In Aug. 8 IssueBy Kim GrahamRussell County News Reporter
Last week local gardeners attended a Vegetable Demonstration Garden Tour sponsored by Russell County Cooperative Extension Service (RCCE) at the Hispanic Garden Project.
John and Brenda Durbin of Russell County have been gardening 7 years but decided to improve their gardening skills by attending the gardening classes.
"We've been gardening 7 years," said John Durbin. "We are attending classes trying to improve what we grow."
UK Extension Vegetable and Plant Pathologist Dr. Kenny Seebold and Bonnie Sigmon, Extension Associate for Horticulture discussed plant disease and pest prevention practices in vegetable gardens.
The event was well attended with 42 participants including 5 Hispanic families who tend and harvest the Hispanic garden.
"The Hispanic families enjoyed it a lot," said Margie Hernandez, Nutrition Education Assistant, Russell County Agriculture Extension Service. "They like people seeing the garden. They're very proud of it."
Bonnie Sigmon explained the advantages of using sheet plastic and drip irrigation.
She said using plastic assists with disease prevention, weed control, and increasing crop yields by double.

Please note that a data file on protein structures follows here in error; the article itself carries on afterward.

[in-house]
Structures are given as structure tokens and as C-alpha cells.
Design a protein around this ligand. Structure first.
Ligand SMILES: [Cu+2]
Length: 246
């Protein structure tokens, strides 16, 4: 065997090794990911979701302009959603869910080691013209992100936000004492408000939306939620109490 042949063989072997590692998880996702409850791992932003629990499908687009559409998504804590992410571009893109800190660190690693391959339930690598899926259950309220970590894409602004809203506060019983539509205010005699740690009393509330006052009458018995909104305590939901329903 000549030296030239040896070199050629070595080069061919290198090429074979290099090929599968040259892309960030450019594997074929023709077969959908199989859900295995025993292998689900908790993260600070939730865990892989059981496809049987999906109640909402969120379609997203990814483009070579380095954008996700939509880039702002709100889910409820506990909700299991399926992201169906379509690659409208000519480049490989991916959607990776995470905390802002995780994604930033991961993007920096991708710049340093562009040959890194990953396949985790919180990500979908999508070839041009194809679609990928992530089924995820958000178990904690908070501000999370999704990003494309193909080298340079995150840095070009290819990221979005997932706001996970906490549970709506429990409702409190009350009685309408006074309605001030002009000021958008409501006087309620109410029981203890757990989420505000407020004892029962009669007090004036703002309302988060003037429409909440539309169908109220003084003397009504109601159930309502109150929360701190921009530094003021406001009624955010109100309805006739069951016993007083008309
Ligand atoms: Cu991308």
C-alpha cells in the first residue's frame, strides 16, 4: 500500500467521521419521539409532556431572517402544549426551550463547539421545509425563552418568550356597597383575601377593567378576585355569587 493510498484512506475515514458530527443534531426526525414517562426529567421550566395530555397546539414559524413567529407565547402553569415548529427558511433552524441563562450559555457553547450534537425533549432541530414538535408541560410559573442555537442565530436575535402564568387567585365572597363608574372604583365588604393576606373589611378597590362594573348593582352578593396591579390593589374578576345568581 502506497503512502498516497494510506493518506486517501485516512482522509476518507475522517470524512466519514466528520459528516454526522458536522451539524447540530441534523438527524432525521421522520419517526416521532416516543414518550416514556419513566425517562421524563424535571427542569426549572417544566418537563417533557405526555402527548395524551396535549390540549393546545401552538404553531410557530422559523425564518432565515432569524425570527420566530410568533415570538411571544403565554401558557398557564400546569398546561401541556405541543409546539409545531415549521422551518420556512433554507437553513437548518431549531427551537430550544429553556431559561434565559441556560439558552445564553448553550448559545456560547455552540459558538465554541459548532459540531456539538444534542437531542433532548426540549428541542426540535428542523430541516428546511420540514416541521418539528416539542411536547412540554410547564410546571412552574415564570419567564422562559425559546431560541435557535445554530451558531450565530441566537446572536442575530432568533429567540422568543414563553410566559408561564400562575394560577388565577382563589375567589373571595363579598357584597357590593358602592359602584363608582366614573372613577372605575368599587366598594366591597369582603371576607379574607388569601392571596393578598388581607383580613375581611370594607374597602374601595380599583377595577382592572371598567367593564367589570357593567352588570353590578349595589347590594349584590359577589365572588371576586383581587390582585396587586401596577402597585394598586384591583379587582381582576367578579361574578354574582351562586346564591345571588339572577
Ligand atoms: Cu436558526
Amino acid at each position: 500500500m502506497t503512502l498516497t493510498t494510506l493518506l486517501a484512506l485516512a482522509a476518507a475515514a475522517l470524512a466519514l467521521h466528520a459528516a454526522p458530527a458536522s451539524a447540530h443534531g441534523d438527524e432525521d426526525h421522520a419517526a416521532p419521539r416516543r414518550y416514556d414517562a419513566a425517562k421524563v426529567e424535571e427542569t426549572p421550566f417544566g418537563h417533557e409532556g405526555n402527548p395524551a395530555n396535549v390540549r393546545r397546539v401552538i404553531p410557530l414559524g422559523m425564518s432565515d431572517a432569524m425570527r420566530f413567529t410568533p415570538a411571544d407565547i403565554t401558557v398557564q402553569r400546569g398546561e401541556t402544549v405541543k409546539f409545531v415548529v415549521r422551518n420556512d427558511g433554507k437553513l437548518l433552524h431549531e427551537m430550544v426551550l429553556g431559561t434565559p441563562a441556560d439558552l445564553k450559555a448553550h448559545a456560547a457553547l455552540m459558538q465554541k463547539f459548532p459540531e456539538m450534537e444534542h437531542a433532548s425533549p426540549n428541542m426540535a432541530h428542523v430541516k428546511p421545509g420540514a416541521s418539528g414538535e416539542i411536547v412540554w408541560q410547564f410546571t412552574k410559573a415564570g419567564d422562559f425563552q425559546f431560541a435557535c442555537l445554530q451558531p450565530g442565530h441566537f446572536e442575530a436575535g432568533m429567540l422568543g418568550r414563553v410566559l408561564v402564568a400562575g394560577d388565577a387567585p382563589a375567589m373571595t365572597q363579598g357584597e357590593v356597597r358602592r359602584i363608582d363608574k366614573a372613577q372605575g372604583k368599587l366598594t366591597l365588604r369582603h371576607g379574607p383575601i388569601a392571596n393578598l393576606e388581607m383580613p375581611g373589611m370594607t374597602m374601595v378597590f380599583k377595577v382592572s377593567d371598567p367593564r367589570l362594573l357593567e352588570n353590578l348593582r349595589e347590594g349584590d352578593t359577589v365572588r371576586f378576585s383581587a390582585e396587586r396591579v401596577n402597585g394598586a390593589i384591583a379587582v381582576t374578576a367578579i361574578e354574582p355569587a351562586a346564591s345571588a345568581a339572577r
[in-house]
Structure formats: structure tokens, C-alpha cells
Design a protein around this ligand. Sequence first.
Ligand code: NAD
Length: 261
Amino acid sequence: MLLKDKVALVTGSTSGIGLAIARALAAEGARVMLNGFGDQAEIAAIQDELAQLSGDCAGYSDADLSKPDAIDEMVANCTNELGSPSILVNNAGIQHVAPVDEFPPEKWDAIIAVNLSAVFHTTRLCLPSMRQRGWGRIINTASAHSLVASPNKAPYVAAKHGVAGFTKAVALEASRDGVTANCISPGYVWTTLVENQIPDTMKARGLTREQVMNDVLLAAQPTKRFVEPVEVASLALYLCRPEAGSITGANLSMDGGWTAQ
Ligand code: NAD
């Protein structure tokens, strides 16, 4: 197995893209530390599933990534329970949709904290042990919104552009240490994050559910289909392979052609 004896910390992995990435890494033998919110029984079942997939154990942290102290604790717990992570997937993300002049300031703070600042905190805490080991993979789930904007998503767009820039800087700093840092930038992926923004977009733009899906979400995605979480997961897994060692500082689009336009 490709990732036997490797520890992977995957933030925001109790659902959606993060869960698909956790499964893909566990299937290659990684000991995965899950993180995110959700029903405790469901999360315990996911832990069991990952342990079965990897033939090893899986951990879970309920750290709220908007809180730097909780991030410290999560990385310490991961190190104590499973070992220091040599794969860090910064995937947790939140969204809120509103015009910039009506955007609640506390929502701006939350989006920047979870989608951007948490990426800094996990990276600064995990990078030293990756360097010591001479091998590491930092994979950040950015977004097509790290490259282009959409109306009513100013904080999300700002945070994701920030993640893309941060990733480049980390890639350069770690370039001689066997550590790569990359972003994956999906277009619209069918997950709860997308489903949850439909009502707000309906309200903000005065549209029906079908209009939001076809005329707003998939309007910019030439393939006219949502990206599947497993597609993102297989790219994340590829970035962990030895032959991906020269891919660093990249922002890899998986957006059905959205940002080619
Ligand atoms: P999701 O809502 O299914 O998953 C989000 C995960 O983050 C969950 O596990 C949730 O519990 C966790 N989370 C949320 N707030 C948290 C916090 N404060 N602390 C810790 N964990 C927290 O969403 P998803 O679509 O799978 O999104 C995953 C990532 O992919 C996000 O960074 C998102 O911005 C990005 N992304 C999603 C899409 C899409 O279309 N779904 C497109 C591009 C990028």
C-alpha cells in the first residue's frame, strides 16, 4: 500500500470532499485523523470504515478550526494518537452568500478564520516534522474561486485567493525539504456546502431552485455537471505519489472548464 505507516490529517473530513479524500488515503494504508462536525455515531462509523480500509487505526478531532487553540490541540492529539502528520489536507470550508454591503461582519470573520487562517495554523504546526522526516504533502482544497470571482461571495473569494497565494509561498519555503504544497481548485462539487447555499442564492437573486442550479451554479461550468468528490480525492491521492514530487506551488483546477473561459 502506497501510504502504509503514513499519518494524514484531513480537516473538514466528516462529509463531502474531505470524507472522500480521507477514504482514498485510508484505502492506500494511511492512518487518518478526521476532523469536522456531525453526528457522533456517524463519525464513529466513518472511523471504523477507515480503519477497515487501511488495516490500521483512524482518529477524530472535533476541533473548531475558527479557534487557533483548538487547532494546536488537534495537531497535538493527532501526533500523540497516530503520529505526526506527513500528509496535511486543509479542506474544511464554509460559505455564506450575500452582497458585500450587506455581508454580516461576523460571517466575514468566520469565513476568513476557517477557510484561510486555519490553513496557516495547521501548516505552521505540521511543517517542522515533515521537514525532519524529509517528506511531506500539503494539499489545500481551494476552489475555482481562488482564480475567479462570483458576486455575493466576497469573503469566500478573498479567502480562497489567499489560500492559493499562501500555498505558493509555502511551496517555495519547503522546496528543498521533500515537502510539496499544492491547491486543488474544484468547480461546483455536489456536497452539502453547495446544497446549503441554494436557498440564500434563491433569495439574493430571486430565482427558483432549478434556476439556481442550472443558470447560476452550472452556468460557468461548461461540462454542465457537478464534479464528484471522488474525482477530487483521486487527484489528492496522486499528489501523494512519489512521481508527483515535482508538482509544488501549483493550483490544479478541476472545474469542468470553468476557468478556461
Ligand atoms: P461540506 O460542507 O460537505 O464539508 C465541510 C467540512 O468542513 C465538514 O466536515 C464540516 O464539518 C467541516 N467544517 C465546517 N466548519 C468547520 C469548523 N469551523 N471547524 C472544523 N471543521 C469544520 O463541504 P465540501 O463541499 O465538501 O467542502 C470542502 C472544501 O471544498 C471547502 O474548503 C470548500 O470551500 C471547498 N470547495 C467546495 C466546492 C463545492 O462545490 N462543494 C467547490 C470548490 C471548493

"I've put down every color in the rainbow of plastic from the traditional black to white, silver, green and red," said Sigmon.
In the spring, using black plastic keeps moisture in and helps to heat the soil. White plastic reflects rather than absorbs heat from the sun keeping plants cooler during warm weather.
Drip irrigation, laid with the plastic, assures a constant supply of water and provides direct fertilizer delivery to each plant.
Dr. Seebold studies plant diseases and recommends chemicals to be used to reduce disease in garden plants.
Using samples from the garden, Dr. Seebold showed the effects of plant diseases and explained application of chemicals to prevent and combat disease.
He said some insects, such as cucumber beetles, spread bacteria to plants causing damage in the garden.
"As soon as plants go in the ground, you should apply pesticide products to prevent infestation," said Dr. Seebold.
Once the bugs discover the crop, they can move in and survive the winter to become an even bigger problem next growing season.
Information from the garden tour, can assist growers in managing vegetable crops for a productive growing season.
"Everyone had a wonderful time and commented they learned a lot they can use in their gardens," said Pam York, Family and Consumer Sciences Agent.
The Hispanic Garden project has been in practice 3 years and is made possible by donations from area businesses and farmers.
The garden is located in Russell County on property owned by Frankie Antle. Antle donates the use of his property and prepares the ground for the garden each year.
RCCE's home gardening series of classes are taught beginning in late winter and are free to the public.
For additional information call Wanda Miick or Raymond Thompson at 270-866-4477.